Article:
‘Trance’ Review: Boyle’s Thriller is a Brilliant Mind-Bender

Posted in Film, Reviews by - April 10, 2013
‘Trance’ Review: Boyle’s Thriller is a Brilliant Mind-Bender

Fans on Inception: This is a film for you. Prepare to have your mind warped, shocked and whipped in director/writer Danny Boyle’s (127 Hours and Slumdog Millionaire) newest thriller, Trance.

Simon (James McAvoy) is a fine art auctioneer, working in London at one of the most prestigious art houses in the world. In order to get himself out of debt, Simon teams up with a criminal gang headed by Franck (Vincent Cassel), to steal a multi-million dollar Goya painting. During the heist, Simon gets knocked out losing part of his memory, which makes him forget where he hid the painting.

Franck convinces (more like forces) Simon to try hypnotherapy in order to figure out where he put the painting. Elizabeth (Rosario Dawson) is the hypnotherapist who is going to help Simon retrieve the hidden canvas so he can be free from the clutches of the gang. As the film really takes off around the second act, we’re never quite sure who is a good guy, bad guy or central player in the game of finding the painting.

Trance is really a film for everyone. There’s action, thrills, mystery, romance, seduction and even a touch of horror. In 2010 it was Inception, in 2012 it was Looper, now in 2013 its Trance, and you really need to get yourself to a theatre and see it.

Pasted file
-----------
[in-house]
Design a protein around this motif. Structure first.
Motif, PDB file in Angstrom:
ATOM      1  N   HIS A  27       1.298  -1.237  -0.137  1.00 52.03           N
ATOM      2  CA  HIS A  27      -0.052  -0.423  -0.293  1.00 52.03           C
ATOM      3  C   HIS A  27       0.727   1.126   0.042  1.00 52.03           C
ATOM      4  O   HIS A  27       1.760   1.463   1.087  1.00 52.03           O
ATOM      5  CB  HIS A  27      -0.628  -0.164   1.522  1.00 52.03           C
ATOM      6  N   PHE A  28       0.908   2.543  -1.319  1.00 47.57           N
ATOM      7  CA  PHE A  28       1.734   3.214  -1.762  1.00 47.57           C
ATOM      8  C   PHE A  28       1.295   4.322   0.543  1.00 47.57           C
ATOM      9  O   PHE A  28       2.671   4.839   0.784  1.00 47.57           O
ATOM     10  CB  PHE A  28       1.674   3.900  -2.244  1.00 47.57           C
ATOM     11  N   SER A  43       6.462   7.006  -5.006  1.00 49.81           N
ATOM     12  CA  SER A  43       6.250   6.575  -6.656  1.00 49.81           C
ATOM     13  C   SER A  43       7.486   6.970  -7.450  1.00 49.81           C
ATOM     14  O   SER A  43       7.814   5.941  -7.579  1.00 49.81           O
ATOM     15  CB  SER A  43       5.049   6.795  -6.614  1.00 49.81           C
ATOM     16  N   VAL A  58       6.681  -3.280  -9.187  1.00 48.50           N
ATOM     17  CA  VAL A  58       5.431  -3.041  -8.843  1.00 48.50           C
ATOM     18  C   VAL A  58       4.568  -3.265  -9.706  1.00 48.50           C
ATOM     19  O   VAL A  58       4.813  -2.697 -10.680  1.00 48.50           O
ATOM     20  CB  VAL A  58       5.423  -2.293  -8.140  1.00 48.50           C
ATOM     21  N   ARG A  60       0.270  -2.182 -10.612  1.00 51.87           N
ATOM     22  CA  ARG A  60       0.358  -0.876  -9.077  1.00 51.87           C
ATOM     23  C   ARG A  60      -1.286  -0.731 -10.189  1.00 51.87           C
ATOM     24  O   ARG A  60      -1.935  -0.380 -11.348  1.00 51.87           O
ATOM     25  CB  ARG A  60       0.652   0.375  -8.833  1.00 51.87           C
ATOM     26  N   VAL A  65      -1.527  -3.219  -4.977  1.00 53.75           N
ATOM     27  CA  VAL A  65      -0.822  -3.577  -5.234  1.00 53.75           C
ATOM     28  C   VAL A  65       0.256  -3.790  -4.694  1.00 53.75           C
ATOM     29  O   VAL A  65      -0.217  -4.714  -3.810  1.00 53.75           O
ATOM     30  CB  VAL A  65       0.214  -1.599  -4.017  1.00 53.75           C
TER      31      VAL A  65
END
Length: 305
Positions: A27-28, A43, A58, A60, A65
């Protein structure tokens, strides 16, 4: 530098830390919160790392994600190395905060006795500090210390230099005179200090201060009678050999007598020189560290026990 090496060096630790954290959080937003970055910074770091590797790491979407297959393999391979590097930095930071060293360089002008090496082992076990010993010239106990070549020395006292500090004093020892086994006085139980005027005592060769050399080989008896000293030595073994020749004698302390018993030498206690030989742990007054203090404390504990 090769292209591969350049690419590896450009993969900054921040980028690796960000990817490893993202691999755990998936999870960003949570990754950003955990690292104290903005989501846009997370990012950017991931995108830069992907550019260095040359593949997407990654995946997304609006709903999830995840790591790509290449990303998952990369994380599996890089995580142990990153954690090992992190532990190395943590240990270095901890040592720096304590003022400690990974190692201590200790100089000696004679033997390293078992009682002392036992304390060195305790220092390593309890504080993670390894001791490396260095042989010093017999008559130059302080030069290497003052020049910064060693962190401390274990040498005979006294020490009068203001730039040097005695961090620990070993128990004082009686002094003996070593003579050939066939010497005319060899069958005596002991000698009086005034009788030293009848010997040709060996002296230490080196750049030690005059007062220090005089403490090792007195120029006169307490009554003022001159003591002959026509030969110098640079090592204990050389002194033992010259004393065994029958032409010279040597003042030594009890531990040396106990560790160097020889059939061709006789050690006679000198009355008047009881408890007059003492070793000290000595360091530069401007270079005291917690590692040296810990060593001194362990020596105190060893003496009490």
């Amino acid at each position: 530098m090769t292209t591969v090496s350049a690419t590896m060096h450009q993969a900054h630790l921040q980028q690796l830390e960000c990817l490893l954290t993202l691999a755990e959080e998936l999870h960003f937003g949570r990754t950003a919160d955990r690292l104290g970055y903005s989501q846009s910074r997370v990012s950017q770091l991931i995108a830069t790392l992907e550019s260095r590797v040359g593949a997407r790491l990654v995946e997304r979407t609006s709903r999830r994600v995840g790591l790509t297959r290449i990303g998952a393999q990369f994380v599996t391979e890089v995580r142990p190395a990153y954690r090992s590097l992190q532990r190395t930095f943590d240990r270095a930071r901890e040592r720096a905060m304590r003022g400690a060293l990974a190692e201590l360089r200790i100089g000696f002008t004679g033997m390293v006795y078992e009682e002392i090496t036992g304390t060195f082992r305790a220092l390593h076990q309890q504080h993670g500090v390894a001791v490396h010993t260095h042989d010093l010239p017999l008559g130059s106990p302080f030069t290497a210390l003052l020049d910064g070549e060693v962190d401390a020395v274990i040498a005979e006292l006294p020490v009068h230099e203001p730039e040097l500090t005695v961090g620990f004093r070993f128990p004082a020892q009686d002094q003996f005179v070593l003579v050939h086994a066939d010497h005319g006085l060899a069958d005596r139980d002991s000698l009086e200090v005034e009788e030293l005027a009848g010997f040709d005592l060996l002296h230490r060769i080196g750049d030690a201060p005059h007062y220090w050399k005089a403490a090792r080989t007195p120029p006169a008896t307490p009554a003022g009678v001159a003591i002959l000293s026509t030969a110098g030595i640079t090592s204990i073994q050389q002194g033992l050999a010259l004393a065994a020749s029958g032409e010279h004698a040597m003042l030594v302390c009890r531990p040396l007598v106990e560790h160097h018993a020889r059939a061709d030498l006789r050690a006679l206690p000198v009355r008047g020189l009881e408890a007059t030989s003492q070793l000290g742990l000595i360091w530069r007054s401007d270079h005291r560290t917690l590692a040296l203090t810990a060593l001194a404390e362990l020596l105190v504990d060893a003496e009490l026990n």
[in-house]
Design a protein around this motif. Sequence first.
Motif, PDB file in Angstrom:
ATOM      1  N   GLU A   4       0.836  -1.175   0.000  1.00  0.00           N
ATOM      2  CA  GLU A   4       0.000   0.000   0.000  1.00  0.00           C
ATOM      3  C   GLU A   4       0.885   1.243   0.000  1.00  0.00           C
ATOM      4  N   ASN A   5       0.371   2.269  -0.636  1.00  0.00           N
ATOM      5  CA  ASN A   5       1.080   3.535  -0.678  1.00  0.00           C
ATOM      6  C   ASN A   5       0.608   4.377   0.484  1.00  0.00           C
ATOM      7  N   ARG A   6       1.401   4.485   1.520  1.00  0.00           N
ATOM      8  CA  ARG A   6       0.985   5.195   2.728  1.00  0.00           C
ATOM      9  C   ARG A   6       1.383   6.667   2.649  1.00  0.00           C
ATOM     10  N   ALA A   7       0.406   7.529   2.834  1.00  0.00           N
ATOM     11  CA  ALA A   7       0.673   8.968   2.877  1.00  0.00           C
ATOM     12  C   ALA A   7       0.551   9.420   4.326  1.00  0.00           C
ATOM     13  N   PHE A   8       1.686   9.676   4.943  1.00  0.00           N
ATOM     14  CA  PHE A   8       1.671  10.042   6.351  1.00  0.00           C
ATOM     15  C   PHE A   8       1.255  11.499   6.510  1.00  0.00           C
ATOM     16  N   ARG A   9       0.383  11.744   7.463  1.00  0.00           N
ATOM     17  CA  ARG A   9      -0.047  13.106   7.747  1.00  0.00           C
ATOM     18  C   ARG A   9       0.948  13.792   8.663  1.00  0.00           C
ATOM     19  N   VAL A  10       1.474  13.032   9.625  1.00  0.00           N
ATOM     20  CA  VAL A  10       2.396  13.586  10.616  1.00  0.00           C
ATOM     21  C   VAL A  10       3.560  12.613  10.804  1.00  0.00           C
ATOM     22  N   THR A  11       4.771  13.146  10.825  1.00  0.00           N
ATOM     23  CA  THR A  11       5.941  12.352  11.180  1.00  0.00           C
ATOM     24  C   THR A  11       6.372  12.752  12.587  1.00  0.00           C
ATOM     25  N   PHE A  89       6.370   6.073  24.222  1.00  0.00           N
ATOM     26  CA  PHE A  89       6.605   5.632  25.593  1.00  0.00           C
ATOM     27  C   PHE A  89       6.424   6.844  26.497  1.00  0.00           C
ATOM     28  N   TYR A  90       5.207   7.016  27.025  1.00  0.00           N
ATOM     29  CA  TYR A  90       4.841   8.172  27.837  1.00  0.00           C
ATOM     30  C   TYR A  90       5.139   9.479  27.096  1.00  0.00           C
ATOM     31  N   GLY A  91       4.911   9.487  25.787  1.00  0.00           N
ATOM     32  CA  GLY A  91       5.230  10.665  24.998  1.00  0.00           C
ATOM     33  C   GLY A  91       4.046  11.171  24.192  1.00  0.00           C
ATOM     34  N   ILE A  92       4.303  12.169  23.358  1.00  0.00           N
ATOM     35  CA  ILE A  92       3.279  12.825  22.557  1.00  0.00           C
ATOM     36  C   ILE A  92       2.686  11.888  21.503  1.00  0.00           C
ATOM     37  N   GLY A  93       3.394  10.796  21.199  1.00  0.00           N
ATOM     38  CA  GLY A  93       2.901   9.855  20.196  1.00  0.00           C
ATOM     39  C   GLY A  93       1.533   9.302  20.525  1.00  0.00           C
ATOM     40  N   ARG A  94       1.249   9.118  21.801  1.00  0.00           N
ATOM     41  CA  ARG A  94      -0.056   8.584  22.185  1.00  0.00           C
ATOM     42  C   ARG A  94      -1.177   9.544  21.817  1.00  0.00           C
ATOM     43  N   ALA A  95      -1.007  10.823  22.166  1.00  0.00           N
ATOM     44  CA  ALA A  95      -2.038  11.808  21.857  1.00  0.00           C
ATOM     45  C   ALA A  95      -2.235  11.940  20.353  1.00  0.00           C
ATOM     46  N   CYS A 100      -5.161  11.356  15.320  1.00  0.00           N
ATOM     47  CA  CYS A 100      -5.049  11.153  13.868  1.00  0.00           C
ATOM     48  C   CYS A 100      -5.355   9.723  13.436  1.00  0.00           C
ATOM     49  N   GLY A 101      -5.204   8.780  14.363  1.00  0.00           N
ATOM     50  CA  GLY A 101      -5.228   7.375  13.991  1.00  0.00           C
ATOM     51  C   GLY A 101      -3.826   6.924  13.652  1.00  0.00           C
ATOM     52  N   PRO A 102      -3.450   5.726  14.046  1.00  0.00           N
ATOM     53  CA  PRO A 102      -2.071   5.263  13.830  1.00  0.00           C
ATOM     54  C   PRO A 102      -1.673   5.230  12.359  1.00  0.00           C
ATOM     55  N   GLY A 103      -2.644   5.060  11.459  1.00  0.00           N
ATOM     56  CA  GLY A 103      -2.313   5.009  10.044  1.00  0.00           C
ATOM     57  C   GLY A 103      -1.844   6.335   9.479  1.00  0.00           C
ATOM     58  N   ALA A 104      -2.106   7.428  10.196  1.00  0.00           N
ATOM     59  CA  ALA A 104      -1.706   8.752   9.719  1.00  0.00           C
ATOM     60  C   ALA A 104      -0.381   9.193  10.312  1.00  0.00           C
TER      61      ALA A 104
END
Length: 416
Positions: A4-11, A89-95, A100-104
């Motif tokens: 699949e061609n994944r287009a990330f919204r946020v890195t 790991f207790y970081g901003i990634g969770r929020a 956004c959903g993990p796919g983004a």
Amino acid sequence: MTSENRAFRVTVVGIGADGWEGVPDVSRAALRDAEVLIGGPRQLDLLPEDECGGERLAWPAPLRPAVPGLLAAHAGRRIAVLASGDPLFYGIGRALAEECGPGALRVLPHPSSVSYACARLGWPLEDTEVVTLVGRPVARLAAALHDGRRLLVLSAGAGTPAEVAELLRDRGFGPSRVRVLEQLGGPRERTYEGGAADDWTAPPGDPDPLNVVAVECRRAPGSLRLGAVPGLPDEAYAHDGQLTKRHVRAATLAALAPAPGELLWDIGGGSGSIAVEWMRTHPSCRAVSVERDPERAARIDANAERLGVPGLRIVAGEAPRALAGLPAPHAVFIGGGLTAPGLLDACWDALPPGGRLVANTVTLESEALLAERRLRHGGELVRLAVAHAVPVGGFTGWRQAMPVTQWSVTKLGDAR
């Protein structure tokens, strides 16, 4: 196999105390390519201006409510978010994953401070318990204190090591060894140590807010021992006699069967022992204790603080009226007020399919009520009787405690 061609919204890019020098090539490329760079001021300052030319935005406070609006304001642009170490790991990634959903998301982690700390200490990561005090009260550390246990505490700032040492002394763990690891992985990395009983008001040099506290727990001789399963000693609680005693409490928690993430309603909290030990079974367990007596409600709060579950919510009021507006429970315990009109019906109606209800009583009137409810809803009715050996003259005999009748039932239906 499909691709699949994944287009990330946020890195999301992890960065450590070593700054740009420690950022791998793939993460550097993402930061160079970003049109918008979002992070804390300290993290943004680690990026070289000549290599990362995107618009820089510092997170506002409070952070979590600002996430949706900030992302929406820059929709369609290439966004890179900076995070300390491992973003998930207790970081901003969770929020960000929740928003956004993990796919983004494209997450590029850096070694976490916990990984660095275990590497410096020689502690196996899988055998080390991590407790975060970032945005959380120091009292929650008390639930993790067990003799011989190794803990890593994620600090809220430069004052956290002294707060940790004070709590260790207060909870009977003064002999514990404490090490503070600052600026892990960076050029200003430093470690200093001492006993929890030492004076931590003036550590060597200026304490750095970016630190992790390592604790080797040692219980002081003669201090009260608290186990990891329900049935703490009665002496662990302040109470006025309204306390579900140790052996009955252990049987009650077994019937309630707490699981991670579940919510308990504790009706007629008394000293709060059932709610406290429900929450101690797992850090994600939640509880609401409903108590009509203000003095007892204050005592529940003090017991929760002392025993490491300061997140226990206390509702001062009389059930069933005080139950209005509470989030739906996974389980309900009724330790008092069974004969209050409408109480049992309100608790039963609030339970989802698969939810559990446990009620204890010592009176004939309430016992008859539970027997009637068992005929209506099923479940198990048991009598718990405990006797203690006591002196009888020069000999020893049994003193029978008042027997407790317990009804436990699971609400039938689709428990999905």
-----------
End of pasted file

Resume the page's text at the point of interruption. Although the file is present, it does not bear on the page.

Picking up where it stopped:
We’ve never seen James McAvoy in a film quite like this one. The Scottish actor is usually prone to playing the good guy (Professor X in X-Men: First Class) or the handsome man candy (Penelope, Becoming Jane and Atonement). McAvoy’s Simon is unlike any other character I’ve seen in movies this year. He’s smart, complicated, obsessed and even a bit scary. Brave to Mr. McAvoy for giving one of my favorite performances of the year.

Rosario Dawson has never been better as the she-devil hypnotherapist Elizabeth. Her character is the most interesting in the film because she is so dimensional. Dawson adds a layer of seductress overtop of the calming therapist, creating a complicated and intriguing woman.

No matter how brilliant a film’s screenplay and actors are, a beautiful score always makes a film better. Composer and singer Rick Smith’s technical and hypnotic (literally) tracks that surround Boyle’s film are purely magical. I listened to the soundtrack the other day and completely relived the movie; the score is so crucial to the overall film.

Boyle’s screenplay is already electric and Smith’s score completes the picture; but its McAvoy and Dawson’s striking performances and profound chemistry that make Boyle’s film an instant masterpiece.